In spring the nature wakes up…and so does your dog’s natural instincts!
Spring time is here! Birds chirp cheerfully, squirrels gaily jump from tree to tree, ducks swim calmly, cats walk around the neighbourhoods with dignity…and dogs go crazy! After a long and relatively dead winter, it is only natural that your dog finds very, very exciting all this new life around him. You are not boring…but your dog might find his environment a little bit more interesting than you are…! He could let you know this sad truth by browsing intensively his surroundings, or by jumping, leaping, barking and pulling. While spring is a great time to get back into shape, there are more pleasant ways to get a workout than by trying to hold on to the leash when walking your crazy overexcited dog…
One great way to solve distractions problems is to train your dog to focus on you. If he is focusing his attention on you, chances are he will not even notice all those exciting things around him, or even better, he will choose to ignore them because he prefers interacting with you. Your dog will want to focus on you if your interactions with him are positive and fun. If all you do during the walks is punish him when he does something wrong – without ever interacting positively with him – you are teaching your dog that every single contact you have toward him is unpleasant. You are teaching your dog that your attention is very negative: do you think that it makes him willing to be attentive to you? He will most probably turn into a very discrete dog that does not want to upset his owner. This avoidance is not the foundation of a good relationship, nor is it a good and fun context for a walk.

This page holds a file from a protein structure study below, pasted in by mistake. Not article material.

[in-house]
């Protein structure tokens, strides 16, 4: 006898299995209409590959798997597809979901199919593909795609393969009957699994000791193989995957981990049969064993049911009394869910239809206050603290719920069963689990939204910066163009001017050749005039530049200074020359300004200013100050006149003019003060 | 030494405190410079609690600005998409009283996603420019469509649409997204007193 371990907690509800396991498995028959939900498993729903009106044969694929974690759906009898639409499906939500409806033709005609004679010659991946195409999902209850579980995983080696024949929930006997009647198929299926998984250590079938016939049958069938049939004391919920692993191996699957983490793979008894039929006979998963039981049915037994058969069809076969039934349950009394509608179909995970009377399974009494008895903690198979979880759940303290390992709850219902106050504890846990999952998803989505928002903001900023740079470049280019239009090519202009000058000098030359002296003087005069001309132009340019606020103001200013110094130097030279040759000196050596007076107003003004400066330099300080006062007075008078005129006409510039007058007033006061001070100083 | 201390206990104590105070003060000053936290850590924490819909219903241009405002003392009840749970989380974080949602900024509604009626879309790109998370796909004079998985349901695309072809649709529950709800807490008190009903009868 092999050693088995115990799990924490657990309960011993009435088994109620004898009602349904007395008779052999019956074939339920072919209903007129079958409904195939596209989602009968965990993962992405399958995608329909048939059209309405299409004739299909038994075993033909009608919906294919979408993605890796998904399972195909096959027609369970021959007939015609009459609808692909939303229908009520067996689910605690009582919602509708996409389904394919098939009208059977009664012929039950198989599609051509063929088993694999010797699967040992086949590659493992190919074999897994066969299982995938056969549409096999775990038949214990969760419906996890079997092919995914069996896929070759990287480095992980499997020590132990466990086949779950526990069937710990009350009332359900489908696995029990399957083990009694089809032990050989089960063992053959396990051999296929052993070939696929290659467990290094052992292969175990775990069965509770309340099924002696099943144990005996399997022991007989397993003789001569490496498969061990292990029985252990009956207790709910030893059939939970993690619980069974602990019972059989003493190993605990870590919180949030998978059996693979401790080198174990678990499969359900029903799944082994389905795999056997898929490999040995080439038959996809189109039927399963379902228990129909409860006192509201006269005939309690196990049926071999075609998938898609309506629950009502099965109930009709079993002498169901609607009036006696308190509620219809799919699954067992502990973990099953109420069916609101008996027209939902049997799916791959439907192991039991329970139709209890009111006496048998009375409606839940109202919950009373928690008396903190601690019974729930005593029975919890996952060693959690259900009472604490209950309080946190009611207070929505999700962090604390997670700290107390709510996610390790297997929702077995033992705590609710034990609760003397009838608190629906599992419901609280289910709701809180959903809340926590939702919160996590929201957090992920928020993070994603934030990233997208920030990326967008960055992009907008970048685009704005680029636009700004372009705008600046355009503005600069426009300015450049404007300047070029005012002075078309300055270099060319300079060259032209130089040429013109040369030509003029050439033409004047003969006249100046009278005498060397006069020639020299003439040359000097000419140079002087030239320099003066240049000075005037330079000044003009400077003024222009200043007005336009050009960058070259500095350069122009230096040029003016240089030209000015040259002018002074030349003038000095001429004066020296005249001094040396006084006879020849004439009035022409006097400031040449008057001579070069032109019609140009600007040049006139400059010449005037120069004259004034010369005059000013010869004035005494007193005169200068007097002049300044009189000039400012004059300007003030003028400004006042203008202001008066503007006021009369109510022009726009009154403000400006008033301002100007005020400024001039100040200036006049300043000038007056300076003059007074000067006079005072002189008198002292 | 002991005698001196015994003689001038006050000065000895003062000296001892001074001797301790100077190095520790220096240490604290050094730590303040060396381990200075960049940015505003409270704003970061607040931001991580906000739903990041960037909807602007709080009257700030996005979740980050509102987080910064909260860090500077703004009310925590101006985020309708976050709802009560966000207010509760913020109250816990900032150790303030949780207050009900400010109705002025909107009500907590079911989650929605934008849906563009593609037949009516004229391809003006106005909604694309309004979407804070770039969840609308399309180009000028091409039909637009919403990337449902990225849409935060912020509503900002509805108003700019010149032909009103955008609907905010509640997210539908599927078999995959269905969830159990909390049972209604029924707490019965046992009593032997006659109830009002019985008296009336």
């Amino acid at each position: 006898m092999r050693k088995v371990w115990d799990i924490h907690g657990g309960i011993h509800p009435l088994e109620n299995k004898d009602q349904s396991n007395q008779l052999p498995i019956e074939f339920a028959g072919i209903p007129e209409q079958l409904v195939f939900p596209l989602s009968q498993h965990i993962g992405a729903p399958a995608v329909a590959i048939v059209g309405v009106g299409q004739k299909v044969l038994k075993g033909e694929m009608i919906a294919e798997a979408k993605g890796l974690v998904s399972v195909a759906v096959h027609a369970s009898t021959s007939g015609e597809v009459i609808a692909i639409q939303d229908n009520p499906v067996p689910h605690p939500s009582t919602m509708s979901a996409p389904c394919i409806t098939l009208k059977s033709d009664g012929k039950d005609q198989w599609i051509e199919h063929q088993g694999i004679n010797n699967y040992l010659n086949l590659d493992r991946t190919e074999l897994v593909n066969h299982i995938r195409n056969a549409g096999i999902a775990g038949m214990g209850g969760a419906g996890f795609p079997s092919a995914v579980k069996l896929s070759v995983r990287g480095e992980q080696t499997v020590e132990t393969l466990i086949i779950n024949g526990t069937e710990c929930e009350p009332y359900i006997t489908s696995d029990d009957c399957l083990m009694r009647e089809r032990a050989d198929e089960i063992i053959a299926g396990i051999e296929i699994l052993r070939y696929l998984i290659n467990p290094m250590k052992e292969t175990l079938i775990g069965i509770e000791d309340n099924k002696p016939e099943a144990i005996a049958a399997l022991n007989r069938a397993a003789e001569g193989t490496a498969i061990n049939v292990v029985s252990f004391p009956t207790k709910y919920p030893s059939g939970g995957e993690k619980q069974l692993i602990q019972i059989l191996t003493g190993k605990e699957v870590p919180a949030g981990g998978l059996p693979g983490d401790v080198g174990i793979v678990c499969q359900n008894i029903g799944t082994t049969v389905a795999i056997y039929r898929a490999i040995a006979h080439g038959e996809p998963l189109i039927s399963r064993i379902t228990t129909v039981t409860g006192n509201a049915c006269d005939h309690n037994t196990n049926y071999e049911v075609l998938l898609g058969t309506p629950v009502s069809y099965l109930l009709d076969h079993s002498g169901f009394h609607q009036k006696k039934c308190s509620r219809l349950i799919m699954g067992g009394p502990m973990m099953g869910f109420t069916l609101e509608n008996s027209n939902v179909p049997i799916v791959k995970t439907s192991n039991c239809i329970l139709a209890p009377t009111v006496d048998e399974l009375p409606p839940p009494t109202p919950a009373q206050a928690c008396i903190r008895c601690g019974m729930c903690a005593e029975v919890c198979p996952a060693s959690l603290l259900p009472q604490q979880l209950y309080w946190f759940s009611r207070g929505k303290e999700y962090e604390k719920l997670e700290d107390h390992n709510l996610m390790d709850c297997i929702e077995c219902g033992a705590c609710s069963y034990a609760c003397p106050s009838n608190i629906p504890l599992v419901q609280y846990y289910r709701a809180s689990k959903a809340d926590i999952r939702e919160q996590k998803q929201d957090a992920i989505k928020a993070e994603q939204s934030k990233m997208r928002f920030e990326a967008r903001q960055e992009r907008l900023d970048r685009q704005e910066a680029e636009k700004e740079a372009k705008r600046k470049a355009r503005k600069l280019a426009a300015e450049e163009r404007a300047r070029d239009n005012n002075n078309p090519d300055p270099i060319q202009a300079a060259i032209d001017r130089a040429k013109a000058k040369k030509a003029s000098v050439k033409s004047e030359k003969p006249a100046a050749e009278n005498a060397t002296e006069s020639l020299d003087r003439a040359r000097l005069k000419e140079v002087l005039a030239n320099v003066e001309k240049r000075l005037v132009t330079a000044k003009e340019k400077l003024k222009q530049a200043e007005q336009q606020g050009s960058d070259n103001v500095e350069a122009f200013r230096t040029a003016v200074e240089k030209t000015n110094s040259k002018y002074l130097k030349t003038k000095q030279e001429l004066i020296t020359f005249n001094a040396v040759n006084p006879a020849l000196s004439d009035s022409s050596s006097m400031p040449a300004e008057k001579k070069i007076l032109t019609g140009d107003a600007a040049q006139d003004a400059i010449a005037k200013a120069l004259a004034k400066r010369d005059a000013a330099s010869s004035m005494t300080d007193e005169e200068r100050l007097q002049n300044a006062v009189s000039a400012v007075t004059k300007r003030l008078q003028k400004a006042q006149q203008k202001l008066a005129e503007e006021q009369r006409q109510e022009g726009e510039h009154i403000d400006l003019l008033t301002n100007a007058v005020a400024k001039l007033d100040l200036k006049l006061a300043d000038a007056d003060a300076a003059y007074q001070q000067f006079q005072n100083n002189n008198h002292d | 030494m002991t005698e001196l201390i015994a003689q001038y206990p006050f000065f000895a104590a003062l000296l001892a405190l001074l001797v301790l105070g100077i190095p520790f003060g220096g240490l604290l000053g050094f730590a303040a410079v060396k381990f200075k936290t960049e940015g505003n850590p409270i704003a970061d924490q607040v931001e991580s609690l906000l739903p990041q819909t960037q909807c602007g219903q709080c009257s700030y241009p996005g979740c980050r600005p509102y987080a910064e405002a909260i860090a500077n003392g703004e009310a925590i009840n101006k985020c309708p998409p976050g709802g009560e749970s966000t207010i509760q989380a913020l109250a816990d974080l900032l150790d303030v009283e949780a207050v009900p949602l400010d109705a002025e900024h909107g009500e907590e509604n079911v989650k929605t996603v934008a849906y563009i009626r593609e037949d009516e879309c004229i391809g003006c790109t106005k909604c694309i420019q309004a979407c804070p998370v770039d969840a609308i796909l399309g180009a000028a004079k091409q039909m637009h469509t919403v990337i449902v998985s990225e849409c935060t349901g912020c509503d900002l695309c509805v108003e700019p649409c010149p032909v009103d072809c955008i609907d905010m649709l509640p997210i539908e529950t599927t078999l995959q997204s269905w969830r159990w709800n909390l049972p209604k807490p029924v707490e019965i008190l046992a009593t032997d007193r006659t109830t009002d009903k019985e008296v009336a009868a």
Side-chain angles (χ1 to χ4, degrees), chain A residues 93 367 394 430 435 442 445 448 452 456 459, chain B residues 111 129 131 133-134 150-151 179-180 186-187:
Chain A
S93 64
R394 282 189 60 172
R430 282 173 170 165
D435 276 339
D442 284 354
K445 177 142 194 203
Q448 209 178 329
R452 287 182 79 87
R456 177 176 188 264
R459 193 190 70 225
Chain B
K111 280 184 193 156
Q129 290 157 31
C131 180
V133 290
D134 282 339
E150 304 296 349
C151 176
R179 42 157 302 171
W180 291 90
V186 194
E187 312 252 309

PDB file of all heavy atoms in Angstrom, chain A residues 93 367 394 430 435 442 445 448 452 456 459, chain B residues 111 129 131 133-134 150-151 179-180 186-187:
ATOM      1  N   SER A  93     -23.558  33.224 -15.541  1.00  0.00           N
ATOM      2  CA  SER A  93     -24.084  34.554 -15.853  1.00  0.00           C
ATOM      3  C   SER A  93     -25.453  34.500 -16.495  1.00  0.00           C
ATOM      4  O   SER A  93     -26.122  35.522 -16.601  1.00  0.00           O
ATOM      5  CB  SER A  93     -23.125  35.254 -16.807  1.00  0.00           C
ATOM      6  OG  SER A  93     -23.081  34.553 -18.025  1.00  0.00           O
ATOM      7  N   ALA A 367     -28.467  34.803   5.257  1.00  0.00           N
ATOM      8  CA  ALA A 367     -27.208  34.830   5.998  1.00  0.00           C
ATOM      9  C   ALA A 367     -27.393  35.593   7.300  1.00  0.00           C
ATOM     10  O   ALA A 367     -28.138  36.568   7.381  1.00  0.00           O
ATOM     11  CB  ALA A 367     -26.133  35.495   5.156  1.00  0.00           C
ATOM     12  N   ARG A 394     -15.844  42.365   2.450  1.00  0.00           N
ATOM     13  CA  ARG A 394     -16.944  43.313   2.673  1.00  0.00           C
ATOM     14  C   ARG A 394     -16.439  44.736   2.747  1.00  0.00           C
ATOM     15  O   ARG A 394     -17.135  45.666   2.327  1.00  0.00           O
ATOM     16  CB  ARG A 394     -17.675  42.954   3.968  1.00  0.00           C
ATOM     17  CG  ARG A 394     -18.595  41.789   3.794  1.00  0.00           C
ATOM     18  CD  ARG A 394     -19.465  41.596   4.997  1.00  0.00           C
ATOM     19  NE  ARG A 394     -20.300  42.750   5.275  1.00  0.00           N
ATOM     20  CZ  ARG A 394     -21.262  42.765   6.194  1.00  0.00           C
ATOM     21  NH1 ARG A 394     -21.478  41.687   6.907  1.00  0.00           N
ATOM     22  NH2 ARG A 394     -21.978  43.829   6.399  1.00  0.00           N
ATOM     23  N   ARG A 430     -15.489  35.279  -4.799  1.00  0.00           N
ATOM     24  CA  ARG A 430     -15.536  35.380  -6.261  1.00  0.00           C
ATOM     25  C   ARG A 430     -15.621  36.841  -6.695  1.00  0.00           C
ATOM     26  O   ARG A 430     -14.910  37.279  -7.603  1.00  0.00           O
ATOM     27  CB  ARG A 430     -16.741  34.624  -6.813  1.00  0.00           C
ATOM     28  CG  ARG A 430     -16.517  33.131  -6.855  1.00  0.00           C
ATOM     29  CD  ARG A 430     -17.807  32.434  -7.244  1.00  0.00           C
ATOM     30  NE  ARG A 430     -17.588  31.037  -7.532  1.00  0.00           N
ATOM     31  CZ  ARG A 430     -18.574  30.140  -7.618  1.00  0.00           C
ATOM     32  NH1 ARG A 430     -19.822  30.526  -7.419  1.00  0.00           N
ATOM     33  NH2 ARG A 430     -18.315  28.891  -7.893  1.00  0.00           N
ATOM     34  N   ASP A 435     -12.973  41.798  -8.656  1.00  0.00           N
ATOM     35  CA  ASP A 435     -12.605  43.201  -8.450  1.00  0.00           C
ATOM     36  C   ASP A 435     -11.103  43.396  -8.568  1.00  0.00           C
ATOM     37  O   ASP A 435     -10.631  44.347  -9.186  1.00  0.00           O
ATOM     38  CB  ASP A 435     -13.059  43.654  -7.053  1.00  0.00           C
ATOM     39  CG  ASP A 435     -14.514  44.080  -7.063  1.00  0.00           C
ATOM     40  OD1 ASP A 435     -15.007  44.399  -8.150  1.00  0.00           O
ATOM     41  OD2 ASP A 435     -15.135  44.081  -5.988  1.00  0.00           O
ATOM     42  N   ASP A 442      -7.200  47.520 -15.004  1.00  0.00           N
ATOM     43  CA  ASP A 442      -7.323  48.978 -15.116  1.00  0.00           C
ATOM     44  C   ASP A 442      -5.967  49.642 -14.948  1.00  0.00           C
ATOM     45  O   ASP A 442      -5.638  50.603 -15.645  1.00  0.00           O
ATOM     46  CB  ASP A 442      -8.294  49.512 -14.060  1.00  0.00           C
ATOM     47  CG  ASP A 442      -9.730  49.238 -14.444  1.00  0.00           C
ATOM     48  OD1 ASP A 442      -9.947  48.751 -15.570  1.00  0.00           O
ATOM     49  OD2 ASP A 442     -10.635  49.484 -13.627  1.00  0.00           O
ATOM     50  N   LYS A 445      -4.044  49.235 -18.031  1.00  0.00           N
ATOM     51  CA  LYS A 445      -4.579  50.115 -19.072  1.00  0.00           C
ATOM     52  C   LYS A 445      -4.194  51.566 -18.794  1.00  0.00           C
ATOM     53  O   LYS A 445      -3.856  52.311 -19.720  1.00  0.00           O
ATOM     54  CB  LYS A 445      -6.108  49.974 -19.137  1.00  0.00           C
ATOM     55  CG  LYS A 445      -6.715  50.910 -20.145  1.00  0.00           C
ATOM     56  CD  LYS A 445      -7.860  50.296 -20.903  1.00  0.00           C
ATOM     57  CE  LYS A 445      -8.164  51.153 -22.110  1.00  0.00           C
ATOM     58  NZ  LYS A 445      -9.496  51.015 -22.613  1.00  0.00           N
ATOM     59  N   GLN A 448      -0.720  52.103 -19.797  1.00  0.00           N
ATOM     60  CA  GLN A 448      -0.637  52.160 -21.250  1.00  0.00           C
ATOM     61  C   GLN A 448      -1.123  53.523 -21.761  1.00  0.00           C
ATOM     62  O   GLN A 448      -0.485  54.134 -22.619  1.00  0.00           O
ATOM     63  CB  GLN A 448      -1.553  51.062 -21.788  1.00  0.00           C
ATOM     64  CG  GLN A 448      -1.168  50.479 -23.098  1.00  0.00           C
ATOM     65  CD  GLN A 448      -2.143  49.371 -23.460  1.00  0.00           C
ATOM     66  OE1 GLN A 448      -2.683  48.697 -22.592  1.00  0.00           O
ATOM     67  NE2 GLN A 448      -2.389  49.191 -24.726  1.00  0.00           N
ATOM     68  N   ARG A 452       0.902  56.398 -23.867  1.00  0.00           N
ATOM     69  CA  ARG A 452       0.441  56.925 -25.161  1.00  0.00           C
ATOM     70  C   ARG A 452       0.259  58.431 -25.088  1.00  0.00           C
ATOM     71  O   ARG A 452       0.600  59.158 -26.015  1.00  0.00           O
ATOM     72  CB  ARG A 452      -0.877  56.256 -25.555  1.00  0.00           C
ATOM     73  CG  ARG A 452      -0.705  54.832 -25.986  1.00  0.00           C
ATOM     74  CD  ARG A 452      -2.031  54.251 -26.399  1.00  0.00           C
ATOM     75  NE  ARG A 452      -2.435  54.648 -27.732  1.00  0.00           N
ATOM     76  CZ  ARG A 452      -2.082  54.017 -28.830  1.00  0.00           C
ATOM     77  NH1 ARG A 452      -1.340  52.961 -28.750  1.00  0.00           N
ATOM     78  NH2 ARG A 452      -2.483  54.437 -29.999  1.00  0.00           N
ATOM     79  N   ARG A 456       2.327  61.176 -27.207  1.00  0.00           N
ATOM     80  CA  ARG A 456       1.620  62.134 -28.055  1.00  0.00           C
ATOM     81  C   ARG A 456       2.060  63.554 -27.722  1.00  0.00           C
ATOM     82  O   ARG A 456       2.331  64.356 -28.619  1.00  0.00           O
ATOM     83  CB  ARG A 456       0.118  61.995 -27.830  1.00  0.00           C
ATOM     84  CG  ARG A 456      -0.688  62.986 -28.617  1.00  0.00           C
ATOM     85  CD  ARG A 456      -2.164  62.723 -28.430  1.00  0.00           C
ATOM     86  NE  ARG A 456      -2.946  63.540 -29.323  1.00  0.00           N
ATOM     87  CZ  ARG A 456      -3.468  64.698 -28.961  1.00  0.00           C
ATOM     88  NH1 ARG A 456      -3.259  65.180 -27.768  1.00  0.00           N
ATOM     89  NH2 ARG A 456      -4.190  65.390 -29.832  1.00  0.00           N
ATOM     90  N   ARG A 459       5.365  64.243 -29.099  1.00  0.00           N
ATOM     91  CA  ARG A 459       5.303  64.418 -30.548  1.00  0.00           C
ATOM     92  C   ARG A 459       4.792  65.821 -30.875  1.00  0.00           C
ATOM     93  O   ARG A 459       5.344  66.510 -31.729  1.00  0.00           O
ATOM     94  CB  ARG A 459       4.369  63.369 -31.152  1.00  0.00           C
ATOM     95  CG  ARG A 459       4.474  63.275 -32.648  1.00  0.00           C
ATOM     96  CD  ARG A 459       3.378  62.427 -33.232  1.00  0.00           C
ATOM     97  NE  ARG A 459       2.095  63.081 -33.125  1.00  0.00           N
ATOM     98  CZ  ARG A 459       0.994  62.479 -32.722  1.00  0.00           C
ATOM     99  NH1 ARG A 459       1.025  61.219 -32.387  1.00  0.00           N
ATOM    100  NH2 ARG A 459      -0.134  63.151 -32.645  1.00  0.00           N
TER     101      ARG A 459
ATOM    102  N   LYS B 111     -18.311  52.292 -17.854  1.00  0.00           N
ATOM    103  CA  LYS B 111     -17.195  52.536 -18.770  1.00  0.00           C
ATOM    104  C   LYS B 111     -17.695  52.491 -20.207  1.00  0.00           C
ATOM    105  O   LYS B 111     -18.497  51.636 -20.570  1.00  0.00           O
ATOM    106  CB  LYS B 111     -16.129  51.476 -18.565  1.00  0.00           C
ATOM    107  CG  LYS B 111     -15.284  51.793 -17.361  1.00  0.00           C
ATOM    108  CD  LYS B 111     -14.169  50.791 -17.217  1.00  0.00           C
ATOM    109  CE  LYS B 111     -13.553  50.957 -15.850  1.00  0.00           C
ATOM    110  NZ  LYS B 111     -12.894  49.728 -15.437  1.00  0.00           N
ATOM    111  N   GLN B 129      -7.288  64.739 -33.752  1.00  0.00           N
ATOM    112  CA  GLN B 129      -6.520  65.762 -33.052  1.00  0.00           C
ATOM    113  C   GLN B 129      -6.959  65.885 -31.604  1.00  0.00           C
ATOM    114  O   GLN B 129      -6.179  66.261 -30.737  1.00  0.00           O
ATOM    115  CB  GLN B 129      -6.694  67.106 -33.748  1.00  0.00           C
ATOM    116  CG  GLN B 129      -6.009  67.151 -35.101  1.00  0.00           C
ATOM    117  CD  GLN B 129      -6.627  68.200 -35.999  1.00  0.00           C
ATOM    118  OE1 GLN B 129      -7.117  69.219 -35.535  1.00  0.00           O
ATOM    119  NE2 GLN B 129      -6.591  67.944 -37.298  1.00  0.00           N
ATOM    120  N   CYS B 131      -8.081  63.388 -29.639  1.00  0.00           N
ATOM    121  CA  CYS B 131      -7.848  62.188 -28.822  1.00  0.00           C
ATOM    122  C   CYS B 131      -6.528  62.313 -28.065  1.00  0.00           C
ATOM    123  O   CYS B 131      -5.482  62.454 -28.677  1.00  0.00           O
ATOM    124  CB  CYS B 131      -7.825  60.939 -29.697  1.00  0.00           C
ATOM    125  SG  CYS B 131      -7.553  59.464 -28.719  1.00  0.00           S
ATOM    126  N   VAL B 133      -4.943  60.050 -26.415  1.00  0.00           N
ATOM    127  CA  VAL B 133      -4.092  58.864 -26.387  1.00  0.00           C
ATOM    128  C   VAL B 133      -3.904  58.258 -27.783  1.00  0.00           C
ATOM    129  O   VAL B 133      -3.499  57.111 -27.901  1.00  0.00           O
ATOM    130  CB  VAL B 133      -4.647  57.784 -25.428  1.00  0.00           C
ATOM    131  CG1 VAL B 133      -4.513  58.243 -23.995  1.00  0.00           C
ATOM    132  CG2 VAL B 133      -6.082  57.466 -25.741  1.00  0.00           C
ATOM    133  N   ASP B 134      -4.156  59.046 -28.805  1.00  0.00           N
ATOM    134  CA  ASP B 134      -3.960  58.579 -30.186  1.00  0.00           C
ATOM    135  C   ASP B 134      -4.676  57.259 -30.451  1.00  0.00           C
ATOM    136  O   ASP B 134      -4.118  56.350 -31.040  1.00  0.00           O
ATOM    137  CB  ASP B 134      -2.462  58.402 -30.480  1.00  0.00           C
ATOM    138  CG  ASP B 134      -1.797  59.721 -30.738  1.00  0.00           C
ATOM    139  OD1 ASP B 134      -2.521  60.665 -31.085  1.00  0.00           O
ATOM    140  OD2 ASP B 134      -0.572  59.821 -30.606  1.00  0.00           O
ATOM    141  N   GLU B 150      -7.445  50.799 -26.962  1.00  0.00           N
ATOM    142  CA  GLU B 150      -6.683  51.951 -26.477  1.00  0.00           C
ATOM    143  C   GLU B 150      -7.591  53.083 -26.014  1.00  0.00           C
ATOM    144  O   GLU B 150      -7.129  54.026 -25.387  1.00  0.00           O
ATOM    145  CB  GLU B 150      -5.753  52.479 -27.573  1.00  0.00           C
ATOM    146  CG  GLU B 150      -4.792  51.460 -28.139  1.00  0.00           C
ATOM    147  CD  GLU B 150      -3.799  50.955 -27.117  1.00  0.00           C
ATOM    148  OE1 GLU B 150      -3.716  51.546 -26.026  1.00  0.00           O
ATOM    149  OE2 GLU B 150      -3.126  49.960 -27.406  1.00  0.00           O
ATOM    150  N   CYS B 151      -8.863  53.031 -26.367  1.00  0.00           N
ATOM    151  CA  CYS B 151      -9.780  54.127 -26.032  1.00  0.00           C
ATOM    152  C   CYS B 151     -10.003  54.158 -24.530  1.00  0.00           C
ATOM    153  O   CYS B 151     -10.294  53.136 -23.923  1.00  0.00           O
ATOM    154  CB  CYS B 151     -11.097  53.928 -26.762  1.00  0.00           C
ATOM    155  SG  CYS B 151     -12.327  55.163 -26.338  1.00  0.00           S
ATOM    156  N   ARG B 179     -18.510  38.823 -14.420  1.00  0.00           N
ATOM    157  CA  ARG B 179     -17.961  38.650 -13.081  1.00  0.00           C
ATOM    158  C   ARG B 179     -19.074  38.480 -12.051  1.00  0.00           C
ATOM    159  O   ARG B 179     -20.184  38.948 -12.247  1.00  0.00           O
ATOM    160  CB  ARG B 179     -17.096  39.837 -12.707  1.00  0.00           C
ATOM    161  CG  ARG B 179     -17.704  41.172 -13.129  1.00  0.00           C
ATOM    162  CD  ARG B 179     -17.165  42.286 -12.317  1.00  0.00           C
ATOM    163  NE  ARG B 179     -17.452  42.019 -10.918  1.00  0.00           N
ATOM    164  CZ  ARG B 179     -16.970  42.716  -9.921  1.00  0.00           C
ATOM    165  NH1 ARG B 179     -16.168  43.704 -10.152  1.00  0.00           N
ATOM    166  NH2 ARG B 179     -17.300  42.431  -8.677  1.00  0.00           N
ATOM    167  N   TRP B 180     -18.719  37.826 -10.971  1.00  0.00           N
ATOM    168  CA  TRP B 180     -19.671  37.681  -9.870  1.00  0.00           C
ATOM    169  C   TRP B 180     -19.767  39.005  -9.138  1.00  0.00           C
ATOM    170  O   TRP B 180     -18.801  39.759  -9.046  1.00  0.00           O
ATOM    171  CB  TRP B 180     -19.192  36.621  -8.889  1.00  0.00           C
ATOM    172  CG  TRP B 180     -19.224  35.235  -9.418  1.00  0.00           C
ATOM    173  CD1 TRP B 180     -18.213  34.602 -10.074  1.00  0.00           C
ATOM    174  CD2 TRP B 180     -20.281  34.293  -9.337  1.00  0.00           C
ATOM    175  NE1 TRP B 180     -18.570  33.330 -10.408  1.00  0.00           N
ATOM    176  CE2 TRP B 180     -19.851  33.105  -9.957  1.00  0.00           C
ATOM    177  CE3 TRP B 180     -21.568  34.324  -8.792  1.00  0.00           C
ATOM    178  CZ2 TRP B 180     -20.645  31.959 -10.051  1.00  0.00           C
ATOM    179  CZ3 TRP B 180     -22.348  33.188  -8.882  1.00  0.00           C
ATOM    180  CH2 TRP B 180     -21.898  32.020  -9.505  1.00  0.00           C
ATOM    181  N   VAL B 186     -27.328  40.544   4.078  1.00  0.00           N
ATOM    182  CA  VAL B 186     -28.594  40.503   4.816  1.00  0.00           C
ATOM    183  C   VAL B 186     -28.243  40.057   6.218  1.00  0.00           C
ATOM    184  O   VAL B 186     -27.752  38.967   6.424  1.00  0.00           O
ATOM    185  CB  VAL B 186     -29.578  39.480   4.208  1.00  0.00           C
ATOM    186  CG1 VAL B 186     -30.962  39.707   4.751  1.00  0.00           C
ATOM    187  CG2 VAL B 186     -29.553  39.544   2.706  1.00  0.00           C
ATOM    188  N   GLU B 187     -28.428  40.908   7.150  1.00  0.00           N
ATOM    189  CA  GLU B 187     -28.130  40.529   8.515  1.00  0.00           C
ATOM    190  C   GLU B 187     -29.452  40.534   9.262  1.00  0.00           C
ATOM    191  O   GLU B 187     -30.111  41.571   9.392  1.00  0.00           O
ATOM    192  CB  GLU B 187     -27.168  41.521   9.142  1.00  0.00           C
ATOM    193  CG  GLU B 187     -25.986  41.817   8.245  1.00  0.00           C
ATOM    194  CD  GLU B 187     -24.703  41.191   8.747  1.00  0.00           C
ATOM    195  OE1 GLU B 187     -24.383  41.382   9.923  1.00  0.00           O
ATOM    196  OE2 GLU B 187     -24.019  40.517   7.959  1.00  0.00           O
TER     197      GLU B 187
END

Here is a great video that shows you how you can first train your dog to be attentive to you:
And here is another one from a different trainer that demonstrates the same concept:
It is important that you gradually increase the distractions when you work on this exercise, so that you give your dog a chance for success. Do not start in a park infested with squirrels if your dog goes crazy just seeing the tip of a fluffy tail two miles away. You should not always ask your dog to work against his natural instinct to chase. Instead, you can train him to show a more acceptable way to react in front of such exciting stimuli; you can also teach him to be aware of your presence and wait for your “OK” before doing what he really wants to do, which is to chase the potential prey and have a blast doing so. Here is an impressive demonstration of the outcome of great attention:
Of course, such a result comes from a lot, and a lot of hard work, but more importantly, from an excellent relationship between the dog and his master. So let’s get started with the first step: building your dog’s awareness and focus. Other advices on this same topic will be posted in the weeks to come.